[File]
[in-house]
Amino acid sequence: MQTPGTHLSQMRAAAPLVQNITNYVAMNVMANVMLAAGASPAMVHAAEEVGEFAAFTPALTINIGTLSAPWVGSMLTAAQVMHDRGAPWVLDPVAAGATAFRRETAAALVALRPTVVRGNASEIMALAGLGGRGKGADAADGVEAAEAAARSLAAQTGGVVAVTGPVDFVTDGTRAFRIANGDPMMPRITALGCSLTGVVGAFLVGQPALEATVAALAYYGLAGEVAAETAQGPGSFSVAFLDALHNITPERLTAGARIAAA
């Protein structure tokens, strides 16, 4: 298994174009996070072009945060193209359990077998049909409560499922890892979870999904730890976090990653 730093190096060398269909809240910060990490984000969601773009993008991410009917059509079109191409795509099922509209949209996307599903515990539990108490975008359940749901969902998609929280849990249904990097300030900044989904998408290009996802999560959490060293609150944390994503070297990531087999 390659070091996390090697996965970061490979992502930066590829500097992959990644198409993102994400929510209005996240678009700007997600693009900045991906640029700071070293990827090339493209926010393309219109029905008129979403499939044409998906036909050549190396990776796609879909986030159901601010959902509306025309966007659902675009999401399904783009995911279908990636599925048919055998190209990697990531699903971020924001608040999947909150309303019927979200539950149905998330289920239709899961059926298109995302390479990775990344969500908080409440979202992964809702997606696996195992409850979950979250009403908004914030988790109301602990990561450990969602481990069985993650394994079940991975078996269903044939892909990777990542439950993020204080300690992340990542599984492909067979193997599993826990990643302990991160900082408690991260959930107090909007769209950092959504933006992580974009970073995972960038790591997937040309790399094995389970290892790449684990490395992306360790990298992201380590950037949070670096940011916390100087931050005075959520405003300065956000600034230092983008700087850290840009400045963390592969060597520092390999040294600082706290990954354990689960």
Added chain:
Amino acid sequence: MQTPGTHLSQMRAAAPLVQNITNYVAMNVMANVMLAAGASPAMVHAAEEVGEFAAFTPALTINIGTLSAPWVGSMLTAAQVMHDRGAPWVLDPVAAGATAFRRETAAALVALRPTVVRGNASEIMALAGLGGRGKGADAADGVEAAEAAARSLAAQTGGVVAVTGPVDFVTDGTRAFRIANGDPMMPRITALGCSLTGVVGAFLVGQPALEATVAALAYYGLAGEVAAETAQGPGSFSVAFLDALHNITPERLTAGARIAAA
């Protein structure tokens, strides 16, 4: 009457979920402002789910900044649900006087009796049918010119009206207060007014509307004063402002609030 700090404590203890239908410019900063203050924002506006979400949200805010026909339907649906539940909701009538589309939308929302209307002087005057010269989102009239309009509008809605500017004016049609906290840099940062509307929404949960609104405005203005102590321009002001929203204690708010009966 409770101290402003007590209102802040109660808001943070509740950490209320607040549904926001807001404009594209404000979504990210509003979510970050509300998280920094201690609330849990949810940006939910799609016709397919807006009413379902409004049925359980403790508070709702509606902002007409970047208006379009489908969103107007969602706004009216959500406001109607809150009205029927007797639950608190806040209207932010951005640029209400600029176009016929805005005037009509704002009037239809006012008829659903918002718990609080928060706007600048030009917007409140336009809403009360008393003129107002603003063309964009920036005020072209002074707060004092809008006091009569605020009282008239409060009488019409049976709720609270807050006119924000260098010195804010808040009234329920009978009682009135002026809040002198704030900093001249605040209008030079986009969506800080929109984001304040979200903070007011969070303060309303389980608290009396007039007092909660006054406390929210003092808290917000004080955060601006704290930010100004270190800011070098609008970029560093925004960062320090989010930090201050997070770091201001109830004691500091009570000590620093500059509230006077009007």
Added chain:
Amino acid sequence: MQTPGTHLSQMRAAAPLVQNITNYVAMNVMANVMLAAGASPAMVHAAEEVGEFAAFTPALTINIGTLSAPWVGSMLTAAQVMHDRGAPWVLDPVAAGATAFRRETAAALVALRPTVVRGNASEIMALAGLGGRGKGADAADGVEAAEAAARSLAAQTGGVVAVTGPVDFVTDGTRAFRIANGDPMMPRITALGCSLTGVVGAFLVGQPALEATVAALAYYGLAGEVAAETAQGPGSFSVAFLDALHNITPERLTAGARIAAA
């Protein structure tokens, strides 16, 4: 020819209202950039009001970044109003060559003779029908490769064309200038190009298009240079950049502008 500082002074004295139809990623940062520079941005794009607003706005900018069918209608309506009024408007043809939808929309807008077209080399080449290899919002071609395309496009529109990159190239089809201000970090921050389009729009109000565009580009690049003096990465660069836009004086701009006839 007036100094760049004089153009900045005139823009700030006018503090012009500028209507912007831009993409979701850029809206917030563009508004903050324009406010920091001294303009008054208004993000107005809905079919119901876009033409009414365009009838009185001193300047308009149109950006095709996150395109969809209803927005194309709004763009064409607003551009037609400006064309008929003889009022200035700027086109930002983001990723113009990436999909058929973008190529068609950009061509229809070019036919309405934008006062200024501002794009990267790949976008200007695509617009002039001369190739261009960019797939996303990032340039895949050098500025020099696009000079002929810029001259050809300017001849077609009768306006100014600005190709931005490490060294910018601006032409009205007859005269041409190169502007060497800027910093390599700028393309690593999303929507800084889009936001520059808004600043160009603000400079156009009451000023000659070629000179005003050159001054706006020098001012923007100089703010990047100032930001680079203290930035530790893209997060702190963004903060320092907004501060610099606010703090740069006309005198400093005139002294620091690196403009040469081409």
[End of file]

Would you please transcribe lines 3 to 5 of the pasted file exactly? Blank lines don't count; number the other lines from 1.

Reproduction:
């Protein structure tokens, strides 16, 4: 298994174009996070072009945060193209359990077998049909409560499922890892979870999904730890976090990653 730093190096060398269909809240910060990490984000969601773009993008991410009917059509079109191409795509099922509209949209996307599903515990539990108490975008359940749901969902998609929280849990249904990097300030900044989904998408290009996802999560959490060293609150944390994503070297990531087999 390659070091996390090697996965970061490979992502930066590829500097992959990644198409993102994400929510209005996240678009700007997600693009900045991906640029700071070293990827090339493209926010393309219109029905008129979403499939044409998906036909050549190396990776796609879909986030159901601010959902509306025309966007659902675009999401399904783009995911279908990636599925048919055998190209990697990531699903971020924001608040999947909150309303019927979200539950149905998330289920239709899961059926298109995302390479990775990344969500908080409440979202992964809702997606696996195992409850979950979250009403908004914030988790109301602990990561450990969602481990069985993650394994079940991975078996269903044939892909990777990542439950993020204080300690992340990542599984492909067979193997599993826990990643302990991160900082408690991260959930107090909007769209950092959504933006992580974009970073995972960038790591997937040309790399094995389970290892790449684990490395992306360790990298992201380590950037949070670096940011916390100087931050005075959520405003300065956000600034230092983008700087850290840009400045963390592969060597520092390999040294600082706290990954354990689960």
Added chain:
Amino acid sequence: MQTPGTHLSQMRAAAPLVQNITNYVAMNVMANVMLAAGASPAMVHAAEEVGEFAAFTPALTINIGTLSAPWVGSMLTAAQVMHDRGAPWVLDPVAAGATAFRRETAAALVALRPTVVRGNASEIMALAGLGGRGKGADAADGVEAAEAAARSLAAQTGGVVAVTGPVDFVTDGTRAFRIANGDPMMPRITALGCSLTGVVGAFLVGQPALEATVAALAYYGLAGEVAAETAQGPGSFSVAFLDALHNITPERLTAGARIAAA